Regional trade agreements: challenges and opportunities
Proliferation of trade accords has potential to increase trade – and make trade relations more complex
In sharp contrast to only 25 regional trade agreements (RTAs) notified to the General Agreement on Tariffs and Trade (GATT) and still in force*, today there are 290 RTAs notified and in force around the world. RTAs have also become more ambitious over time, frequently including not just tariff liberalization between the parties but also other issues. Today over half of all RTAs notified contain commitments to liberalize trade in goods, services and investment. Moreover, World Trade Organization (WTO) members remain actively involved in negotiating new RTAs, suggesting the rapid growth of such agreements since the early 1990s is set to continue.
While RTAs are permitted exceptions to multilateral rules, the proliferation of such agreements raises new challenges for international trade. By liberalizing trade in goods and services, RTAs can increase trade between parties but also result in increased discrimination against all other WTO members. In addition, they introduce rules and regulations in related issues, such as standards, trade defence and rules of origin to name just a few. These have the potential to also increase discrimination against non-RTA partners and make international trade more complex for exporters and importers.
RTAs increasingly go beyond market access in goods or services. They include provisions not traditionally associated with trade agreements such as competition, government procurement, environment and labour. Among RTAs notified to the WTO, 50% contain provisions that liberalize investment, over 70% have provisions on competition, 66% on government procurement, 57% on the environment and over 30% on labour.
‘Thus, such agreements are increasingly defining new rules that govern trade between their parties and are not extended to all other WTO Members. Furthermore, for some of these issues, there are no existing WTO rules governing international trade. The inclusion of these provisions suggests there is increasing divergence between existing WTO and RTA rules. This is another challenge for the multilateral trading system, first because it makes WTO rules less relevant for some trading partners and second because WTO members that are not part of the network of RTAs are increasingly excluded from these rules.
With regard to the first challenge, recent research by the WTO Secretariat suggests that for some provisions, the divergence may be less marked as RTAs generally tend to reiterate WTO rules. In anti-dumping, safeguards and to some extent standards and sanitary and phytosanitary measures, most RTAs maintain the parties’ WTO rights and obligations. In other areas, even though RTAs create new rules, many parties tend to follow a similar approach which is common to all or most of their RTAs. This ‘template’ approach might, to some extent, reduce the extent of the divergence.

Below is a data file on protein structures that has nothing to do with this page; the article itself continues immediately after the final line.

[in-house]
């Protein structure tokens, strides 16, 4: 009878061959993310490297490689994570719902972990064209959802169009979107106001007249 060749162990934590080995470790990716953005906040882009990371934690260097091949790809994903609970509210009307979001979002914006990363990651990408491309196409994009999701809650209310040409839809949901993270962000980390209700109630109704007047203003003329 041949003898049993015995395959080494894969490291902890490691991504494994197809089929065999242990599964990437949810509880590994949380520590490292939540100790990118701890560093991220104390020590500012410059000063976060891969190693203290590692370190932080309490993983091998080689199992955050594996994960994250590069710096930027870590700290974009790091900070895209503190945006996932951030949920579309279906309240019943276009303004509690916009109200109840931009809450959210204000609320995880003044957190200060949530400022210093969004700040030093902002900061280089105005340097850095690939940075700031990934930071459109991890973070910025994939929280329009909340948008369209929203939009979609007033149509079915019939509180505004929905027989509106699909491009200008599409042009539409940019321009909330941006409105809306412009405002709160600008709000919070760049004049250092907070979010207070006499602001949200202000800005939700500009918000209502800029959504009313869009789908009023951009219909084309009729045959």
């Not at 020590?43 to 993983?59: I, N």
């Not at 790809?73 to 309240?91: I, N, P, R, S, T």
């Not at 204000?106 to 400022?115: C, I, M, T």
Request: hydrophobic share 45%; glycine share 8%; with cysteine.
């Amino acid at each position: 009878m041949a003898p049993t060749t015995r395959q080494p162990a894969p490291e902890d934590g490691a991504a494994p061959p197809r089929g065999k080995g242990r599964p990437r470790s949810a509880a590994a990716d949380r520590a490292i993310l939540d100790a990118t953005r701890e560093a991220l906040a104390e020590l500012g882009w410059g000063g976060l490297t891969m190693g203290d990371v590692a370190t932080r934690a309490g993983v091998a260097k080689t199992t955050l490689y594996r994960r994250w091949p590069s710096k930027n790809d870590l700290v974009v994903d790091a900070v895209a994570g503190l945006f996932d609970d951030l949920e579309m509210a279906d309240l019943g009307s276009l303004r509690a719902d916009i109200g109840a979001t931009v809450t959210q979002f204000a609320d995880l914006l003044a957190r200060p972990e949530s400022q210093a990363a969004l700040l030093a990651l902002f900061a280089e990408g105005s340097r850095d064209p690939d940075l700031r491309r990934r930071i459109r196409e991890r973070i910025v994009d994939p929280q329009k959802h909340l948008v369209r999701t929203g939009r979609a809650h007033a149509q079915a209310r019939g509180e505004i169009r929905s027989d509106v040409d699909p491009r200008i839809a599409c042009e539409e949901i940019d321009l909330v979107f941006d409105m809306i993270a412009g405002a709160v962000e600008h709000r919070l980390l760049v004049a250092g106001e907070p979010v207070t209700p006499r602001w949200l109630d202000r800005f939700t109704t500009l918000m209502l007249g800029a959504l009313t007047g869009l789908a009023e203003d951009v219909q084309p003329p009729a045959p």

However, where there are no existing WTO rules yet such as for competition, environment, labour, small and medium-sized enterprises (SMEs) and gender, the potential for different rules applying to different trading relationships is more of a danger. Even for such issues, however, new rules created in RTAs are more likely to be implemented by the RTA parties on a non-discriminatory basis for practical reasons. Other provisions such as accession clauses allow third parties to join existing RTAs. For example, the CPTPP is an enlargement of an existing RTAs (Trans-Pacific Strategic Economic Partnership) between Brunei, Chile, New Zealand and Singapore. Similarly, RTAs that permit a certain percentage of a good to contain inputs from third parties and still qualify for preferential treatment allow producers to maintain their existing production chains.
With regard to the second issue mentioned above, it is especially challenging for developing countries, many of which find themselves outside RTA networks and production and value chains. An important exception to this is the efforts to implement the African Continental Free Trade Agreement (AfCFTA), which brings together 49 African countries and aims to liberalize barriers to trade in goods and services. While it has been ratified thus far by only 13 countries, it has the potential to significantly reduce barriers to trade, especially those affecting intra-African trade.
Research by the United Nations Economic Commission for Africa (UNECA) in November 2018 suggested implementation of the agreement would result in 1% GDP growth and overall export growth of 3%. The biggest impact would be on intra-African trade, which would increase to over 50% (and even higher for some economies) depending on the ambition of liberalization. Provisions to be negotiated in a second phase, such as investment, competition and intellectual property rights, would further strengthen regional integration in Africa.
To conclude, RTAs are likely to continue to increase both in number and coverage, while certain aspects of RTAs will continue to discriminate against trade from third parties. They therefore remain a second-best option compared to the multilateral rules which apply to all WTO members. However, certain aspects of RTAs, notably the rules, tend to be non-discriminatory and therefore can be beneficial even for non-RTA parties. Policymakers would benefit from a closer examination of the impact of both types of provisions on global trade relationships and the international trade rules.